Cover note – over the next several months, I hope to review as many new books on the political economy of advanced industrialized societies post-2008 as I can. There is a lot of interesting work out being done which isn’t getting covered as well as it should in US public debate. Next up: Lane Kenworthy.
Conflict of interest warning: Although I’ve I’ve tried to review the book as though it were written by a complete stranger, Colin was effectively the co-supervisor of my dissertation and is a friend (albeit one whom I don’t see nearly enough of).
The Strange Non-Death of Neo-Liberalism looks at the prospects of neo-liberalism (which Crouch sees as claiming that “optimal outcomes will be achieved if the demand and supply for goods and services are allowed to adjust to each other through the price mechanism, without interference by government or other forces”) post-2008, and argues that they are pretty good. Even if neoliberalism should have been discredited, it is emerging more powerfully than ever, as states cut back welfare and public spending in the wake of the crisis. Crouch argues that neoliberalism, despite its claims, is effectively “devoted to the dominance of public life by the giant corporation.” What neo-liberals, and some leftists, see as a conflict between the market and the state is in fact an argument over how the two should relate to each other. Neoliberals are not pushing for free markets so much as a certain style of politics, which masquerades as a commitment to free markets, independent of politics, but in fact is an unhealthy hybridization of the two. To the extent that politics pervades markets, and markets pervades politics, both suffer.
Parts of this book didn’t convince me. In particular, its short history of the intellectual development of neoliberalism (which Crouch sees as bound up with the development of public choice economics and of Chicago style antitrust thinking) seemed to me to be sometimes off-key, and wrong on detail. For example, contra Crouch, the “University of Virginia” has never been a powerhouse of public choice thinking (at different moments in time, Virginia Tech, and George Mason University, located in Virginia have been central to the movement, but never UVa, to its detriment in the eyes of Republican governors. The major point (in Ronald Coase’s eyes) of his article on the problem of social cost, is not the demonstration that actors can solve their own problems without centralized authority in the absence of transaction costs – it is the fact that transaction costs are important.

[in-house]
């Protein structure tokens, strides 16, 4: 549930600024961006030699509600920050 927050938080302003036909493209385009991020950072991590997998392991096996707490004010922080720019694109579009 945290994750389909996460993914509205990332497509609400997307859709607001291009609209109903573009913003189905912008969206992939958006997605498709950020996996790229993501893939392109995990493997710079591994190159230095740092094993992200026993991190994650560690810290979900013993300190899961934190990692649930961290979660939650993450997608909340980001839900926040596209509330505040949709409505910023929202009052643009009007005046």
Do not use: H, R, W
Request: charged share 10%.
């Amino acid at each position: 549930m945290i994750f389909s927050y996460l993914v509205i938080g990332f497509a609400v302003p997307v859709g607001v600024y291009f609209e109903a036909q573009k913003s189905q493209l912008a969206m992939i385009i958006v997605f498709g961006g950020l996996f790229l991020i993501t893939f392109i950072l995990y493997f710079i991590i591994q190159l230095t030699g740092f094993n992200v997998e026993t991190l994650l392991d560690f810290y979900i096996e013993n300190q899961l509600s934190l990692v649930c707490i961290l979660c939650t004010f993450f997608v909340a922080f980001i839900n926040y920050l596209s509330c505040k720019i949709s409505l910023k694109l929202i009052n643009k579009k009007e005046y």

But what are important are its key claims, which seem to me to be on much stronger ground. Crouch depicts classical liberalism and social democracy as mirror images of each other. Both are intensely suspicious of the intermediate zone where politics and markets influence each other, classical liberals because they fear that politics will distort markets, social democrats because they fear that markets will distort politics. But neoliberals have settled for solutions which greatly widen the zone of interaction. As neoliberals have been unable to convince the public that government should simply stop providing key collective goods, and instead leave them to the market, they have instead opted for intermediate arrangements, such as privatization (but with regulators) and the contracting out of government work.
This argument leads directly into a damning (and to me entirely convincing) indictment of the UK government’s privatization and ‘marketization’ of public services from Margaret Thatcher on. These have not created true markets. Instead, they have resulted in a kind of horrid chimera of government and private actor, with no obvious lines of accountability. The UK government turns to the private sector for project financing – but the private sector firm which leases the relevant facility back to the government has control for 20 or 30 years, under a fixed contract. “Long PFI contracts bring in private firms while limiting the role of the market, again demonstrating how the neoliberal policy shift is more about firms than about markets.” Lengthy chains of contracting and subcontracting relations mean that no-one is really accountable. The businesses who win these contracts win because they have a comparative advantage – in winning government contracts.
One consequence of this has been the emergence of a group of firms that have expanded their businesses to cover a wide range of public services. For example, firms that started as road-building contractors (where customers are almost entirely public authorities) have become providers of administrative support services to local government. The core business of these enterprises is winning government contracts, almost irrespective of the substantive activities involved.
Public bodies are made to act as though they were firms in the market, but without any real markets to provide discipline. Hence, one gets the worst of both worlds – a corrosion of professional norms and public accountability going hand in hand with weak, or non-existent market incentives to do things better.